On occasion you want to give up on your writing and return to your mundane job or life. The group would be there to talk you out of this fool-hearted train of thought. They will be there for you.

People to bounce your ideas off of

If you have a family member or close friend, you, like most writers, want to tell them about your ideas, plot points and character development. Eventually, friends and family will tire of your imaginative stories. They may even try to avoid you rather than endure another discussion about your book.

The writing group knows how you feel and are just as anxious to tell their story to you. With a room full of creative people, they’ll help you improve your developing story. And your family and friends will thank you.


If you’re not an English Major and know that your writing has grammatical errors or plot points that need tightening you should consider a group. Each individually critiquing your novel will see and evaluate it in different ways. One may find weakness in a character, while the other may correct your spelling. In either case, you will find both useful.

Unbiased opinions

Let’s be honest. Most family members and friends will rave about your work. They hardly even find flaws your story telling. They say this to you because they do not wish to hurt your feelings or want to suffer any type of rebuke from you for sullying your brainchild.

When you join a group, you need to have a tough skin. Not everyone will find your writing as innovative as your mother did. In a group, you should find honest, open opinions about your work. Isn’t that what you really want?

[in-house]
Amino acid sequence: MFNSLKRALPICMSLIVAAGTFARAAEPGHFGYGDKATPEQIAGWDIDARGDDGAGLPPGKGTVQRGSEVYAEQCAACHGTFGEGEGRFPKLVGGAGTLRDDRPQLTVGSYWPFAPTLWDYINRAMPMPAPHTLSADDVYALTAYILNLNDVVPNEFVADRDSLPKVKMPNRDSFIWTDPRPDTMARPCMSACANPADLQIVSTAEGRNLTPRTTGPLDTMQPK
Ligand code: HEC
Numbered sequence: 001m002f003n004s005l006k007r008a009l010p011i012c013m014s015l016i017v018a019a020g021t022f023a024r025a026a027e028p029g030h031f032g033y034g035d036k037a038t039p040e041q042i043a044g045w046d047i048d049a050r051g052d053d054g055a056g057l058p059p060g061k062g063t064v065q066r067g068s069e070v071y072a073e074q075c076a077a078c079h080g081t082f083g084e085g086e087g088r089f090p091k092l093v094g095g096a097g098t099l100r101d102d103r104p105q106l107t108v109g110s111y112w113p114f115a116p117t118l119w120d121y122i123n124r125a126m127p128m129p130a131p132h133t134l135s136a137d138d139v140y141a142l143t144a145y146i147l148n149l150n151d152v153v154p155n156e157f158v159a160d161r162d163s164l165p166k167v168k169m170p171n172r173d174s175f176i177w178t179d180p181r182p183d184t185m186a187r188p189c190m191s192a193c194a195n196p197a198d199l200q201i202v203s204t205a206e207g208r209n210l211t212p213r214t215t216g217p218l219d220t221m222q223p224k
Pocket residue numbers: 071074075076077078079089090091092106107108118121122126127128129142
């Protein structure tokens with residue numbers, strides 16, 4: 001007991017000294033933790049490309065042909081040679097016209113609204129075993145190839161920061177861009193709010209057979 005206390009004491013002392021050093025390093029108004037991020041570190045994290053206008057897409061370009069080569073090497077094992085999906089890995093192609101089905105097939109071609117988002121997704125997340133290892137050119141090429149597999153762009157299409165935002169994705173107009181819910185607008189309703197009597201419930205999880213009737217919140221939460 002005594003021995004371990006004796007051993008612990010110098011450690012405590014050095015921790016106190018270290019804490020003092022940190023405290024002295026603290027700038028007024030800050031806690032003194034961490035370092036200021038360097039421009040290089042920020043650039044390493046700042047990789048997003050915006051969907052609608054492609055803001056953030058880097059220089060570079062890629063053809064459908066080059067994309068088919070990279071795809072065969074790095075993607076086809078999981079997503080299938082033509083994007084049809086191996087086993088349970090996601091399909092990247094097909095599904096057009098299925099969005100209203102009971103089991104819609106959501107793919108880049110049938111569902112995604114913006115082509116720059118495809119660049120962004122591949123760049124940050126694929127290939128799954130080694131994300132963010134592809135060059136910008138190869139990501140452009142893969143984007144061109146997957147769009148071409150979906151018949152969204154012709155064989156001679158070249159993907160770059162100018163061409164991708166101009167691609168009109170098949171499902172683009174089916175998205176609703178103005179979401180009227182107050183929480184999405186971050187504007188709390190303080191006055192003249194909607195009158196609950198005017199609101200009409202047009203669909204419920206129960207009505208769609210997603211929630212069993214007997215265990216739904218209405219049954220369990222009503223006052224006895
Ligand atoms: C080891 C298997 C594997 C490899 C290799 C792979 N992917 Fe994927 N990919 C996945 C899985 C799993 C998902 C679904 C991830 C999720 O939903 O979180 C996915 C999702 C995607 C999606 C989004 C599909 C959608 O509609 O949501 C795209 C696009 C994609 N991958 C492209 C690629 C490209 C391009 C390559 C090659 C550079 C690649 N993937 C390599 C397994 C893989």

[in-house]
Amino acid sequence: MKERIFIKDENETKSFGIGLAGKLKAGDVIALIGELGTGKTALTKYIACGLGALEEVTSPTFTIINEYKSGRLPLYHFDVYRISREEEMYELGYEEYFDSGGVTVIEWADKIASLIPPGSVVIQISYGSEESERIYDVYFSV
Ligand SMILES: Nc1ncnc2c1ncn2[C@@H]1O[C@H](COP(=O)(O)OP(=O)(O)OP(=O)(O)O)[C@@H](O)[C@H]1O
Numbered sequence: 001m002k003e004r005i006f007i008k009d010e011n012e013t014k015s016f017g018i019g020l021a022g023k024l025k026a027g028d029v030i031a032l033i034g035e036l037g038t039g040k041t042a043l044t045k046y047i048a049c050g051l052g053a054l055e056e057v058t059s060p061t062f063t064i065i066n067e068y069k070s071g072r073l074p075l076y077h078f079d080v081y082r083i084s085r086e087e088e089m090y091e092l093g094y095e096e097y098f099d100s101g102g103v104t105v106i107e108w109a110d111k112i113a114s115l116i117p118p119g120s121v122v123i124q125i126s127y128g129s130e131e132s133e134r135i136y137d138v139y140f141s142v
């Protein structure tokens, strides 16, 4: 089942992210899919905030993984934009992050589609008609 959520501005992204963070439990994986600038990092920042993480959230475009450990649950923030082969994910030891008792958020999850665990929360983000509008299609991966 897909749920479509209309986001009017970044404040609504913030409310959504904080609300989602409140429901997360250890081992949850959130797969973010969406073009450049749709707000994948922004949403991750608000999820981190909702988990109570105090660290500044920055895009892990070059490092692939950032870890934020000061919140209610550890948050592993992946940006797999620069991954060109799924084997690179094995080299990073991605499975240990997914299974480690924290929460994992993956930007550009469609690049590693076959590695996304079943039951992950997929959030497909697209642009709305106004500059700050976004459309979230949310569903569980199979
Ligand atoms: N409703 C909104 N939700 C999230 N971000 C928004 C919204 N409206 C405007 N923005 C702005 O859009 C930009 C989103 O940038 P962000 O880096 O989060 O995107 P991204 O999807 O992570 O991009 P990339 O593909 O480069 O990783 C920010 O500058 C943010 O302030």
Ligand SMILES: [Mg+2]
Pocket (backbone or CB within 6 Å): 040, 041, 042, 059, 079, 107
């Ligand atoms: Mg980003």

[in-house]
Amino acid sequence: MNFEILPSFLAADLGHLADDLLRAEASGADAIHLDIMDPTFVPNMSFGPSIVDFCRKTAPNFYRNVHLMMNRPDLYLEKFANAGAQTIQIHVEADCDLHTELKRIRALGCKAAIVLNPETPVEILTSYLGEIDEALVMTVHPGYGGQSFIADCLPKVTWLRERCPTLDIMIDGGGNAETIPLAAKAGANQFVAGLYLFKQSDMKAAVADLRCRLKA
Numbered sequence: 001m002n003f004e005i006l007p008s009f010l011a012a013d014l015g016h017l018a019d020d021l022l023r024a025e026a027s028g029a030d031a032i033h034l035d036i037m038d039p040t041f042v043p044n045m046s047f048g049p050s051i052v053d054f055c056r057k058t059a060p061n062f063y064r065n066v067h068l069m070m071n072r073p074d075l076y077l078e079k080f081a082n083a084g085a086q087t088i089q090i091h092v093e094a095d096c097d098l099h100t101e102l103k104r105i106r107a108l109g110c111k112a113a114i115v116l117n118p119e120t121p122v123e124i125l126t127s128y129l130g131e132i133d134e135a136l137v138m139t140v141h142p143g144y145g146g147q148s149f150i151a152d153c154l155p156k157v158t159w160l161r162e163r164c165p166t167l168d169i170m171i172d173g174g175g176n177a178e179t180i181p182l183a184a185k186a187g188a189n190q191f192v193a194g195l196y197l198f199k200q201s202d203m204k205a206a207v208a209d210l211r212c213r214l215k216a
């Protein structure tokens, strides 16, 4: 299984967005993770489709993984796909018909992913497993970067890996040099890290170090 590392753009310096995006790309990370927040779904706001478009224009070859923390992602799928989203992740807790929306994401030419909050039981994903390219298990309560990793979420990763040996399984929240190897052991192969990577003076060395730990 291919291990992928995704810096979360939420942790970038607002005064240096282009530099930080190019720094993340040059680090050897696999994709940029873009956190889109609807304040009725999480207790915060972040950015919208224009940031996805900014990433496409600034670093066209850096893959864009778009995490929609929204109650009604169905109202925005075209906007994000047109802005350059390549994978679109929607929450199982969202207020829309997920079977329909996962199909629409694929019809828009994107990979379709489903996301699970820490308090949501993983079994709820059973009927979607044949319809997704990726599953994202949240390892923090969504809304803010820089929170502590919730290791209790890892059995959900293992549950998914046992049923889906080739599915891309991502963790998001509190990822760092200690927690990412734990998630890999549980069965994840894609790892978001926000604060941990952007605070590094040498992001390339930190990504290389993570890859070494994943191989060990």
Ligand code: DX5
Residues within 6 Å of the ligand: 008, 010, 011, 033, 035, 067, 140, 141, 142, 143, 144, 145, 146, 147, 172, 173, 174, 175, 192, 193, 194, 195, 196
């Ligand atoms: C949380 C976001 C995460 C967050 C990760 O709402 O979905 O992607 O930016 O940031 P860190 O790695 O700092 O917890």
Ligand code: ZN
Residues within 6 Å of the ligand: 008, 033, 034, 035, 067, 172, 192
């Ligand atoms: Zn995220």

You will find that one or more of your group members will have connections with the publishing world. They may introduce you to published writers, publishers and agents. The group can give you promotional and marketing ideas. Members can visit conventions and workshops together.

Where can I find a group?

Many writing groups can be found on the internet at places such as;

You can also check your local library. Writers groups often meet there.

Thursday, October 26, 2006

Publishing Houses Open to New Authors

If you have no desire to work with an agent, I’ve provided a list of publishers that are open to submissions directly from authors. Some publishers have submission periods throughout the year. Please verify whether publisher is accepting queries before sending them out.

Read all publishing contracts carefully. Some publishing houses want more rights than others.

I've listed Publisher, Genre and website:

Electronic Publishers

Atlantic Bridge Publishing, All Genre,
Awe-Struck E-Books, Romance, Science Fiction,
Belgrave House, Women’s Fiction, mystery and YA,
Cerridwen Press, All,
Champagne Books, Romance,
Chippawa Publishing, LLC, All,
CobbleStone Press, LLC, Romance,
Diskus Publishing, All,
DLSIJ, Women,
Double Dragon Publishing, Sci-fi, fantasy,, All,
Echelon Press, All,
Ellora’s Cave Publishing, Romance,
Hardshell Word Factory, All,
Liquid Silver Books, Erotic romance,
New Concepts Publishing, All,
Scorpuius Digital Publishing, Fantasy, SF and Horror,
The Wild Rose Press, Romance,
Tigress Press LLC, Fantasy and Romance,
Vintage Romance, Romance,
Whiskey Creek Press, All,
Wings ePress, All,
Zumaya Publications, All,

Small and Mid-size Publishers

Behler Publications, All,
Capri Publishing, All,
Daw Books, Science Fiction and Fantasy,
Dorchester Publishing, All,
Harlequin Enterprises, Romance Cross-Genre,
Lets Be Frank Books (LBF), All,